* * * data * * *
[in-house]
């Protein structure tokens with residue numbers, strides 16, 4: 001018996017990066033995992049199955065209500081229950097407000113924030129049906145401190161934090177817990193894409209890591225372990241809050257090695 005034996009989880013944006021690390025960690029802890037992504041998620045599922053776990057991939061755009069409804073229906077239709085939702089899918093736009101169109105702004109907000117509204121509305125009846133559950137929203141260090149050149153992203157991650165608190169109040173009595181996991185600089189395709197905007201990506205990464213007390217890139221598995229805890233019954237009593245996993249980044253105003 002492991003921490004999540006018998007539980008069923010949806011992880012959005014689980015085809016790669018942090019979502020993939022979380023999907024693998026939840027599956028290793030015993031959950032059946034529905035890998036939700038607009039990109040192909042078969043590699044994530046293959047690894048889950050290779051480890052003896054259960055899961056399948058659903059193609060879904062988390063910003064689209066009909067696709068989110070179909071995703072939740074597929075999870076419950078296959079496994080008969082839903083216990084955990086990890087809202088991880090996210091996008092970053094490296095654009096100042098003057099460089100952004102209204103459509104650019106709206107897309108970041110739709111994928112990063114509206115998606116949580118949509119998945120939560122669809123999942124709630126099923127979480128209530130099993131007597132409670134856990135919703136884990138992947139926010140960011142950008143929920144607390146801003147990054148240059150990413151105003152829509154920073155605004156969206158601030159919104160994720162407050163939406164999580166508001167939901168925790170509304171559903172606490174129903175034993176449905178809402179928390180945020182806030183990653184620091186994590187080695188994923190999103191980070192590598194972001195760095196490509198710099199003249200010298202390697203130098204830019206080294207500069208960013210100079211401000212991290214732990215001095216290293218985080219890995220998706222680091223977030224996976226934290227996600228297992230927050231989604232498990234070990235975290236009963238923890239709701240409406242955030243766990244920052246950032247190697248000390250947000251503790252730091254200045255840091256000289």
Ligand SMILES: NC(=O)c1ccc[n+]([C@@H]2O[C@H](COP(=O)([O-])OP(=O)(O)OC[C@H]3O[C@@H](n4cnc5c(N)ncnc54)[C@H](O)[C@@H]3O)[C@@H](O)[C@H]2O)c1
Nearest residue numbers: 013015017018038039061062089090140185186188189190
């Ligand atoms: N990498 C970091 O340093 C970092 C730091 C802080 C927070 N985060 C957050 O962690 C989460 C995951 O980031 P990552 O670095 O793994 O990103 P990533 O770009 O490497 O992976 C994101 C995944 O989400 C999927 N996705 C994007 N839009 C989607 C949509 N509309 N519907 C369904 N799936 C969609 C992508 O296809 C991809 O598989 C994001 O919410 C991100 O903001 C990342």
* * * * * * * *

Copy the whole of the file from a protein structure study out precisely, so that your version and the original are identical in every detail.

[in-house]
């Protein structure tokens with residue numbers, strides 16, 4: 001018996017990066033995992049199955065209500081229950097407000113924030129049906145401190161934090177817990193894409209890591225372990241809050257090695 005034996009989880013944006021690390025960690029802890037992504041998620045599922053776990057991939061755009069409804073229906077239709085939702089899918093736009101169109105702004109907000117509204121509305125009846133559950137929203141260090149050149153992203157991650165608190169109040173009595181996991185600089189395709197905007201990506205990464213007390217890139221598995229805890233019954237009593245996993249980044253105003 002492991003921490004999540006018998007539980008069923010949806011992880012959005014689980015085809016790669018942090019979502020993939022979380023999907024693998026939840027599956028290793030015993031959950032059946034529905035890998036939700038607009039990109040192909042078969043590699044994530046293959047690894048889950050290779051480890052003896054259960055899961056399948058659903059193609060879904062988390063910003064689209066009909067696709068989110070179909071995703072939740074597929075999870076419950078296959079496994080008969082839903083216990084955990086990890087809202088991880090996210091996008092970053094490296095654009096100042098003057099460089100952004102209204103459509104650019106709206107897309108970041110739709111994928112990063114509206115998606116949580118949509119998945120939560122669809123999942124709630126099923127979480128209530130099993131007597132409670134856990135919703136884990138992947139926010140960011142950008143929920144607390146801003147990054148240059150990413151105003152829509154920073155605004156969206158601030159919104160994720162407050163939406164999580166508001167939901168925790170509304171559903172606490174129903175034993176449905178809402179928390180945020182806030183990653184620091186994590187080695188994923190999103191980070192590598194972001195760095196490509198710099199003249200010298202390697203130098204830019206080294207500069208960013210100079211401000212991290214732990215001095216290293218985080219890995220998706222680091223977030224996976226934290227996600228297992230927050231989604232498990234070990235975290236009963238923890239709701240409406242955030243766990244920052246950032247190697248000390250947000251503790252730091254200045255840091256000289």
Ligand SMILES: NC(=O)c1ccc[n+]([C@@H]2O[C@H](COP(=O)([O-])OP(=O)(O)OC[C@H]3O[C@@H](n4cnc5c(N)ncnc54)[C@H](O)[C@@H]3O)[C@@H](O)[C@H]2O)c1
Nearest residue numbers: 013015017018038039061062089090140185186188189190
């Ligand atoms: N990498 C970091 O340093 C970092 C730091 C802080 C927070 N985060 C957050 O962690 C989460 C995951 O980031 P990552 O670095 O793994 O990103 P990533 O770009 O490497 O992976 C994101 C995944 O989400 C999927 N996705 C994007 N839009 C989607 C949509 N509309 N519907 C369904 N799936 C969609 C992508 O296809 C991809 O598989 C994001 O919410 C991100 O903001 C990342």